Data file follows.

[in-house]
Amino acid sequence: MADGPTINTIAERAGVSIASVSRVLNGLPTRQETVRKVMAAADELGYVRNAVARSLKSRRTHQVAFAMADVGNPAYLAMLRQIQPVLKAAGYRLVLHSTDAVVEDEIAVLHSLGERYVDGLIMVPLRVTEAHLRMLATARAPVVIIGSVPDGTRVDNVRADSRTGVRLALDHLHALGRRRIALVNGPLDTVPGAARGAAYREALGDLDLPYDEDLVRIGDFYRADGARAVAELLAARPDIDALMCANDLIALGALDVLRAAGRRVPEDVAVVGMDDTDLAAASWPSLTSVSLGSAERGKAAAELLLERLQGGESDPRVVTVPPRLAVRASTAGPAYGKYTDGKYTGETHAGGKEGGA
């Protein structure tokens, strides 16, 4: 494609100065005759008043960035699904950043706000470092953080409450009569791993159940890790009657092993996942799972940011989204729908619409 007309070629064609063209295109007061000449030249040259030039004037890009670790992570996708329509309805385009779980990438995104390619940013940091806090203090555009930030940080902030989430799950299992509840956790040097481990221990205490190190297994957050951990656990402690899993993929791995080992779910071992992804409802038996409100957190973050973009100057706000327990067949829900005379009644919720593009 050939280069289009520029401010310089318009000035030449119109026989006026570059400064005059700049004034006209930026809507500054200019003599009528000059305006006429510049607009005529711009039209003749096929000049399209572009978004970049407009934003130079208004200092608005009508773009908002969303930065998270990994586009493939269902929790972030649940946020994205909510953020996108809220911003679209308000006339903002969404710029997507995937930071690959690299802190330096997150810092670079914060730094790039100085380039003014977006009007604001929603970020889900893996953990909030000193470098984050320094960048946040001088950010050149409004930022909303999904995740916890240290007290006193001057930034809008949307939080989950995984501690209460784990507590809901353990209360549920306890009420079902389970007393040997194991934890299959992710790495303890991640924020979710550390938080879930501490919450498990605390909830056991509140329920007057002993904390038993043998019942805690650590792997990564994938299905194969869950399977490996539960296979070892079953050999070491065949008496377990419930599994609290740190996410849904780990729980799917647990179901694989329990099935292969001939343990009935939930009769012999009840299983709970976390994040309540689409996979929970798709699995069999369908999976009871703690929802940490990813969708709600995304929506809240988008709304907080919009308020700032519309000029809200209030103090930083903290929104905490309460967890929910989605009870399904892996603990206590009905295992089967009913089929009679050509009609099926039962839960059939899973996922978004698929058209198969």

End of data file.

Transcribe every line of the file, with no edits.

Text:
[in-house]
Amino acid sequence: MADGPTINTIAERAGVSIASVSRVLNGLPTRQETVRKVMAAADELGYVRNAVARSLKSRRTHQVAFAMADVGNPAYLAMLRQIQPVLKAAGYRLVLHSTDAVVEDEIAVLHSLGERYVDGLIMVPLRVTEAHLRMLATARAPVVIIGSVPDGTRVDNVRADSRTGVRLALDHLHALGRRRIALVNGPLDTVPGAARGAAYREALGDLDLPYDEDLVRIGDFYRADGARAVAELLAARPDIDALMCANDLIALGALDVLRAAGRRVPEDVAVVGMDDTDLAAASWPSLTSVSLGSAERGKAAAELLLERLQGGESDPRVVTVPPRLAVRASTAGPAYGKYTDGKYTGETHAGGKEGGA
């Protein structure tokens, strides 16, 4: 494609100065005759008043960035699904950043706000470092953080409450009569791993159940890790009657092993996942799972940011989204729908619409 007309070629064609063209295109007061000449030249040259030039004037890009670790992570996708329509309805385009779980990438995104390619940013940091806090203090555009930030940080902030989430799950299992509840956790040097481990221990205490190190297994957050951990656990402690899993993929791995080992779910071992992804409802038996409100957190973050973009100057706000327990067949829900005379009644919720593009 050939280069289009520029401010310089318009000035030449119109026989006026570059400064005059700049004034006209930026809507500054200019003599009528000059305006006429510049607009005529711009039209003749096929000049399209572009978004970049407009934003130079208004200092608005009508773009908002969303930065998270990994586009493939269902929790972030649940946020994205909510953020996108809220911003679209308000006339903002969404710029997507995937930071690959690299802190330096997150810092670079914060730094790039100085380039003014977006009007604001929603970020889900893996953990909030000193470098984050320094960048946040001088950010050149409004930022909303999904995740916890240290007290006193001057930034809008949307939080989950995984501690209460784990507590809901353990209360549920306890009420079902389970007393040997194991934890299959992710790495303890991640924020979710550390938080879930501490919450498990605390909830056991509140329920007057002993904390038993043998019942805690650590792997990564994938299905194969869950399977490996539960296979070892079953050999070491065949008496377990419930599994609290740190996410849904780990729980799917647990179901694989329990099935292969001939343990009935939930009769012999009840299983709970976390994040309540689409996979929970798709699995069999369908999976009871703690929802940490990813969708709600995304929506809240988008709304907080919009308020700032519309000029809200209030103090930083903290929104905490309460967890929910989605009870399904892996603990206590009905295992089967009913089929009679050509009609099926039962839960059939899973996922978004698929058209198969």